On October 5, 2002, Arar had his only meeting with counsel. The following day, he was taken in chains and shackles to a room where approximately seven INS officials questioned him about his reasons for opposing removal to Syria. His attorney was not provided advance notice of the interrogation, and Arar further alleges that U.S. officials misled him into thinking his attorney had chosen not to attend. During the interrogation, Arar continued to express his fear of being tortured if returned to Syria. At the conclusion of the six-hour interrogation, Arar was informed that the officials were discussing his case with "Washington, D.C." Arar was asked to sign a document that appeared to be a transcript. He refused to sign the form.
The following day (October 7, 2002), attorney Oummih received two telephone calls informing her that Arar had been taken for processing to an INS office at Varick Street in Manhattan, that he would eventually be placed in a detention facility in New Jersey and that she should call back the following morning for Arar's exact whereabouts. However, Arar alleges that he never left MDC and that the contents of both of these phone calls to his counsel were false and misleading.
That same day, October 7, 2002, the INS Regional Director, J. Scott Blackman, determined from classified and unclassified information that Arar is "clearly and unequivocally" a member of al Qaeda and, therefore, "clearly and unequivocally inadmissible to the United States" under 8 U.S.C. § 1182(a)(3)(B)(i)(V). See Cplt. Ex. D. at 1, 3, 5. Based on that finding, Blackman concluded "that there are reasonable grounds to believe that [Arar] is a danger to the security of the United States." Id. at 6.
At approximately 4:00 a.m. on October 8, 2002, Arar learned that, based on classified information, INS regional director Blackman had ordered that Arar be sent to Syria and that his removal there was consistent with Article 3 of the United Nations Convention Against Torture and Other Cruel, Inhuman, or Degrading Treatment or Punishment ("CAT"). Arar pleaded for reconsideration but was told by INS officials that the agency was not governed by the "Geneva Conventions" and that Arar was barred from reentering the country for a period of five years and would be admissible only with the permission of the Attorney General.
Later that day, Arar was taken in chains and shackles to a New Jersey airfield, where he boarded a small jet bound for Washington, D.C. From there, he was flown to Amman, Jordan, arriving there on October 9, 2002. He was then handed over to Jordanian authorities, who delivered him to the Syrians later that day. At this time, U.S. officials had not informed either Canadian Consulate official Girvan or attorney Oummih that Arar had been removed to Syria. Arar alleges that Syrian officials refused to accept Arar directly from the United States.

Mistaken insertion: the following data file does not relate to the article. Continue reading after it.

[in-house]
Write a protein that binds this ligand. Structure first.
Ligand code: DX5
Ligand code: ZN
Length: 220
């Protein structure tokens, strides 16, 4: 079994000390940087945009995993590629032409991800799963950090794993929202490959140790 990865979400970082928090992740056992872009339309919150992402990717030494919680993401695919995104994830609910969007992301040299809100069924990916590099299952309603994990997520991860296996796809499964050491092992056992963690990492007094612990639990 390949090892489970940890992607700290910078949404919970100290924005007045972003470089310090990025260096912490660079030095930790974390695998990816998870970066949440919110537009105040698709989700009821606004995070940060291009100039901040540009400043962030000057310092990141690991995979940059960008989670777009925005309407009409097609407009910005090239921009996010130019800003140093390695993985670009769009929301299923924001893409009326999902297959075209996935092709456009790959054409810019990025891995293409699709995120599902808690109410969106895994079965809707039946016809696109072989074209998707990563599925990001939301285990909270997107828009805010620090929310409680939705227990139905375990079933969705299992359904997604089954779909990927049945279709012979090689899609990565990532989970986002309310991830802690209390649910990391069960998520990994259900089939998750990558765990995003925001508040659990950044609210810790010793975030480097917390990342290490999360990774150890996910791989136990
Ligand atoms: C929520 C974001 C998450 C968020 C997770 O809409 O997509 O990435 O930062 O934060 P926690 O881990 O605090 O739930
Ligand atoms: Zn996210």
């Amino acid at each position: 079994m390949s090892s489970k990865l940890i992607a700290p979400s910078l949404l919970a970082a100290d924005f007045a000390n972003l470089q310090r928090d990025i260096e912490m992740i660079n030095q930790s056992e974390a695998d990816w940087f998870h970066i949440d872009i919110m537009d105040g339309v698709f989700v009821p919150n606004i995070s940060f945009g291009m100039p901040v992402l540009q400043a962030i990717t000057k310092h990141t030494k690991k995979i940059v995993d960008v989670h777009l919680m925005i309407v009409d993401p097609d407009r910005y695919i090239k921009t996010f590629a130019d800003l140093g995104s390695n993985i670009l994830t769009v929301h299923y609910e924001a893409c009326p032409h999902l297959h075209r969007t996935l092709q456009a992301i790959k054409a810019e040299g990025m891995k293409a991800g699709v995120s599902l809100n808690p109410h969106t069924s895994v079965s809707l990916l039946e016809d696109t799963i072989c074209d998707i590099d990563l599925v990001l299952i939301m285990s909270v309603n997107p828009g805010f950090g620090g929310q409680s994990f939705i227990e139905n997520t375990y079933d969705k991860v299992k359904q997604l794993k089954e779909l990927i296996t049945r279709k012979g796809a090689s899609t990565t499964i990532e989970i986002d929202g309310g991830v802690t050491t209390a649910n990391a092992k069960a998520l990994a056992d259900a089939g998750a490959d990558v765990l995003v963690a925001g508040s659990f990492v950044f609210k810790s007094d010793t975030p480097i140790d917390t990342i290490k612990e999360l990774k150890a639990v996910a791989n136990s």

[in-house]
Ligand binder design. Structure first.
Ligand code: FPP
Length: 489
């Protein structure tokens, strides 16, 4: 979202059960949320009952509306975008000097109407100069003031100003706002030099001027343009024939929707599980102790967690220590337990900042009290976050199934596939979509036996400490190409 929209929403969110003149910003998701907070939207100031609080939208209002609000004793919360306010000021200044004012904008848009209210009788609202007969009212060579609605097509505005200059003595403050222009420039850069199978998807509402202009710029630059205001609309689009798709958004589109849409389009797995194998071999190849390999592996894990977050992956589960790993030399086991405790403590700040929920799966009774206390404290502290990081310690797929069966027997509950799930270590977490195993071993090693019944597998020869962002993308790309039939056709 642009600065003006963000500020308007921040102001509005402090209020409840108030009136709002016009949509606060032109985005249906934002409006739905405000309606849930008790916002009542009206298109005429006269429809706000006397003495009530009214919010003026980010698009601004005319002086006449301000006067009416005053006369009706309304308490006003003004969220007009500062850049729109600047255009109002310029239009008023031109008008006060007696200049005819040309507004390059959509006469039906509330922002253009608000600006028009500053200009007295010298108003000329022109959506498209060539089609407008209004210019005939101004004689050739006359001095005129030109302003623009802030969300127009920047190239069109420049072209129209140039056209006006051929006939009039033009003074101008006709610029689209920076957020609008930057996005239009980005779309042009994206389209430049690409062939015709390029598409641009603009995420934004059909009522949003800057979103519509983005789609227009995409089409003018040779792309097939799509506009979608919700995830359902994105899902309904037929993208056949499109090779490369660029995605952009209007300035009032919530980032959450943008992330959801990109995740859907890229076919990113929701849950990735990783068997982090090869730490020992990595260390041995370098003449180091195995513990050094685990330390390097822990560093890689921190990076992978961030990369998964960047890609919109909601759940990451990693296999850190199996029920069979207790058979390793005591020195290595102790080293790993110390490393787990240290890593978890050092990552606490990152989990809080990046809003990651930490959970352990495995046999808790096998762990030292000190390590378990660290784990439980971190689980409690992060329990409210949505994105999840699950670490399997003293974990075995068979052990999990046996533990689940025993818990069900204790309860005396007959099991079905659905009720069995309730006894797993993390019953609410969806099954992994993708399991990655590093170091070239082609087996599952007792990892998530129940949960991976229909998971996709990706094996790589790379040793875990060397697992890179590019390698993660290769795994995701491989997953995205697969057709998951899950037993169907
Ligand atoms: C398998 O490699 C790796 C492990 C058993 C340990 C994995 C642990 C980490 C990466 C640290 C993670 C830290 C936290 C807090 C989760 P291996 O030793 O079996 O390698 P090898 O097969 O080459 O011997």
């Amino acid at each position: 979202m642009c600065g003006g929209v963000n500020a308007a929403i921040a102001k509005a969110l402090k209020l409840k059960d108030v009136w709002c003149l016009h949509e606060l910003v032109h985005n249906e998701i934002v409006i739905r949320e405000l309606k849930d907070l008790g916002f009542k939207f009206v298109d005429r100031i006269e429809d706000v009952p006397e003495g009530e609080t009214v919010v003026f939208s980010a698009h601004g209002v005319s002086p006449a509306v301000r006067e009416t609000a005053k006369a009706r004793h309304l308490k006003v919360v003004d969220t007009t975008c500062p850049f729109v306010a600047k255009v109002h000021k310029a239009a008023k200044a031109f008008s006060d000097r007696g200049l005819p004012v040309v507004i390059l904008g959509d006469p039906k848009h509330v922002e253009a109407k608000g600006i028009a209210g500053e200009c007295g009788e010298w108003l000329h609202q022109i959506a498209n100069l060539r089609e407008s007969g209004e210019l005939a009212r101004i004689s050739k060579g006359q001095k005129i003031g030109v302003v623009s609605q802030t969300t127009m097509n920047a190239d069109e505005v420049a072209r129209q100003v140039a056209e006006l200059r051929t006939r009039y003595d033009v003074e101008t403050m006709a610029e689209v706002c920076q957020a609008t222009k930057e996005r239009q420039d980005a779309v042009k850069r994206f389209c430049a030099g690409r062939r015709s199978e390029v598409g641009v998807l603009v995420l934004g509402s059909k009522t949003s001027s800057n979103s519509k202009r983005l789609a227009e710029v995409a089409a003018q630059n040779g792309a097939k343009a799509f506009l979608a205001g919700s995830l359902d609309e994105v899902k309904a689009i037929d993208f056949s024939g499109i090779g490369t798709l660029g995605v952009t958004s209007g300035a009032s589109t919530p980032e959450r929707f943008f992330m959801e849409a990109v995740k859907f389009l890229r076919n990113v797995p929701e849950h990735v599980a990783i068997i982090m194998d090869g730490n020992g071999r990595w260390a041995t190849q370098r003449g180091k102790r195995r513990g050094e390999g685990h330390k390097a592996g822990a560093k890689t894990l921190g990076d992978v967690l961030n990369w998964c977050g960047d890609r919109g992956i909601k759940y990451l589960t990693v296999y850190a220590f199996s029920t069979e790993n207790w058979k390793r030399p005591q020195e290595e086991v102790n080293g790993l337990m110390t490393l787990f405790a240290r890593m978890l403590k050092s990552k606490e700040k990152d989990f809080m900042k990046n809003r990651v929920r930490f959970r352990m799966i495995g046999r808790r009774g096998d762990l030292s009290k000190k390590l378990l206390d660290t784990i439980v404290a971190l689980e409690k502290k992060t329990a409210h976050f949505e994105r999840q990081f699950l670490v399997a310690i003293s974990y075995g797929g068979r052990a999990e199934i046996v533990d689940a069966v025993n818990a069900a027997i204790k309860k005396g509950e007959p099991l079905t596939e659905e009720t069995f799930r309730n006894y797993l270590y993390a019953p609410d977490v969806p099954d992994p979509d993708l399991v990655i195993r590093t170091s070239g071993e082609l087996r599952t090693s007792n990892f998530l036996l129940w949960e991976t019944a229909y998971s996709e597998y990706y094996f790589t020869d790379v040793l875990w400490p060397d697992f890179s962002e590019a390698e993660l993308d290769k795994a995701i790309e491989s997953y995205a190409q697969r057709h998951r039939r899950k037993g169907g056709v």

Arar's Final Notice of Inadmissability ("Final Notice") ordered him removed without further inquiry before an immigration judge. See Cplt. Ex. D. According to the Final Notice: "The Commissioner of the Immigration and Naturalization Service has determined that your removal to Syria would be consistent with [CAT]." Id. It was dated October 8, 2002, and signed by Deputy Attorney General Larry Thompson. After oral argument on these motions to dismiss, in a letter dated August 18, 2005, counsel for Arar clarified that he received the Final Notice within hours of boarding the aircraft taking him to Jordan. See Dkt. No. 93.
During his ten-month period of detention in Syria, Arar alleges that he was placed in a "grave" cell measuring six-feet long, seven feet high and three feet wide. The cell was located within the Palestine Branch of the Syrian Military Intelligence ("Palestine Branch"). The cell was damp and cold, contained very little light and was infested with rats, which would enter the cell through a small aperture in the ceiling. Cats would urinate on Arar through the aperture, and sanitary facilities were nonexistent. Arar was allowed to bathe himself in cold water once per week. He was prohibited from exercising and was provided barely edible food. Arar lost forty pounds during his ten-month period of detention in Syria.
During his first twelve days in Syrian detention, Arar was interrogated for eighteen hours per day and was physically and psychologically tortured. He was beaten on his palms, hips and lower back with a two-inch-thick electric cable. His captors also used their fists to beat him on his stomach, face and back of his neck. He was subjected to excruciating pain and pleaded with his captors to stop, but they would not. He was placed in a room where he could hear the screams of other detainees being tortured and was told that he, too, would be placed in a spine-breaking "chair," hung upside down in a "tire" for beatings and subjected to electric shocks. To lessen his exposure to the torture, Arar falsely confessed, among other things, to having trained with terrorists in Afghanistan, even though he had never been to Afghanistan and had never been involved in terrorist activity.